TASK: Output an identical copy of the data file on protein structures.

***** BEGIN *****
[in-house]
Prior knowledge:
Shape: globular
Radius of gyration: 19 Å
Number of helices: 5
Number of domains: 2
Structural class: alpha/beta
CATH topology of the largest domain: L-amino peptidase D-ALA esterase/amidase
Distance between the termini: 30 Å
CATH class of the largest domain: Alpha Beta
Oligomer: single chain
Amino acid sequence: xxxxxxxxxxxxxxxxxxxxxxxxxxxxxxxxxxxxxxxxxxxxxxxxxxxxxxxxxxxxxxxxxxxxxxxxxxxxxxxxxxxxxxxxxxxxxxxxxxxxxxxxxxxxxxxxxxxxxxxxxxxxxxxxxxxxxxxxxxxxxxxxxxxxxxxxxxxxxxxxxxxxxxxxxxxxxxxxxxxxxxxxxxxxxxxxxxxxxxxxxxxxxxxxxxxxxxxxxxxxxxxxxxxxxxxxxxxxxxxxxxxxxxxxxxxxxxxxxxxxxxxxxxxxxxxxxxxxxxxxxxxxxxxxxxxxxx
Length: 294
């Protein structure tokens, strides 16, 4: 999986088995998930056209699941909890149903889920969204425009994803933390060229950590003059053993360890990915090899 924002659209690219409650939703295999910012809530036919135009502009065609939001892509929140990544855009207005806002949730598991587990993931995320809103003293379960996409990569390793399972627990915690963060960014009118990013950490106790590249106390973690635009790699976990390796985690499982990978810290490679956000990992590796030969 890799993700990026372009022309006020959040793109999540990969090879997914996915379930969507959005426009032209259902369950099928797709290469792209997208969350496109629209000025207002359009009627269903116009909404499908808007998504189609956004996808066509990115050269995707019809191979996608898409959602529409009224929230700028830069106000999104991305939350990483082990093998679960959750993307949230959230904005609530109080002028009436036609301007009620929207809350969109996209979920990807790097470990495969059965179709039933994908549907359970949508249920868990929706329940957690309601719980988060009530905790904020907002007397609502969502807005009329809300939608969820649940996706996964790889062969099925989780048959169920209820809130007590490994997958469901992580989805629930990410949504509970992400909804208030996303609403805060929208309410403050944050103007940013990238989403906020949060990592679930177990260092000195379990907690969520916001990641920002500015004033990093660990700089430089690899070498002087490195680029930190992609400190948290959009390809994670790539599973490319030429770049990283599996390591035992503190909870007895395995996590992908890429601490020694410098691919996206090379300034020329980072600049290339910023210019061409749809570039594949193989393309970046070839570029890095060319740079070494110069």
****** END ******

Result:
[in-house]
Prior knowledge:
Shape: globular
Radius of gyration: 19 Å
Number of helices: 5
Number of domains: 2
Structural class: alpha/beta
CATH topology of the largest domain: L-amino peptidase D-ALA esterase/amidase
Distance between the termini: 30 Å
CATH class of the largest domain: Alpha Beta
Oligomer: single chain
Amino acid sequence: xxxxxxxxxxxxxxxxxxxxxxxxxxxxxxxxxxxxxxxxxxxxxxxxxxxxxxxxxxxxxxxxxxxxxxxxxxxxxxxxxxxxxxxxxxxxxxxxxxxxxxxxxxxxxxxxxxxxxxxxxxxxxxxxxxxxxxxxxxxxxxxxxxxxxxxxxxxxxxxxxxxxxxxxxxxxxxxxxxxxxxxxxxxxxxxxxxxxxxxxxxxxxxxxxxxxxxxxxxxxxxxxxxxxxxxxxxxxxxxxxxxxxxxxxxxxxxxxxxxxxxxxxxxxxxxxxxxxxxxxxxxxxxxxxxxxxx
Length: 294
């Protein structure tokens, strides 16, 4: 999986088995998930056209699941909890149903889920969204425009994803933390060229950590003059053993360890990915090899 924002659209690219409650939703295999910012809530036919135009502009065609939001892509929140990544855009207005806002949730598991587990993931995320809103003293379960996409990569390793399972627990915690963060960014009118990013950490106790590249106390973690635009790699976990390796985690499982990978810290490679956000990992590796030969 890799993700990026372009022309006020959040793109999540990969090879997914996915379930969507959005426009032209259902369950099928797709290469792209997208969350496109629209000025207002359009009627269903116009909404499908808007998504189609956004996808066509990115050269995707019809191979996608898409959602529409009224929230700028830069106000999104991305939350990483082990093998679960959750993307949230959230904005609530109080002028009436036609301007009620929207809350969109996209979920990807790097470990495969059965179709039933994908549907359970949508249920868990929706329940957690309601719980988060009530905790904020907002007397609502969502807005009329809300939608969820649940996706996964790889062969099925989780048959169920209820809130007590490994997958469901992580989805629930990410949504509970992400909804208030996303609403805060929208309410403050944050103007940013990238989403906020949060990592679930177990260092000195379990907690969520916001990641920002500015004033990093660990700089430089690899070498002087490195680029930190992609400190948290959009390809994670790539599973490319030429770049990283599996390591035992503190909870007895395995996590992908890429601490020694410098691919996206090379300034020329980072600049290339910023210019061409749809570039594949193989393309970046070839570029890095060319740079070494110069």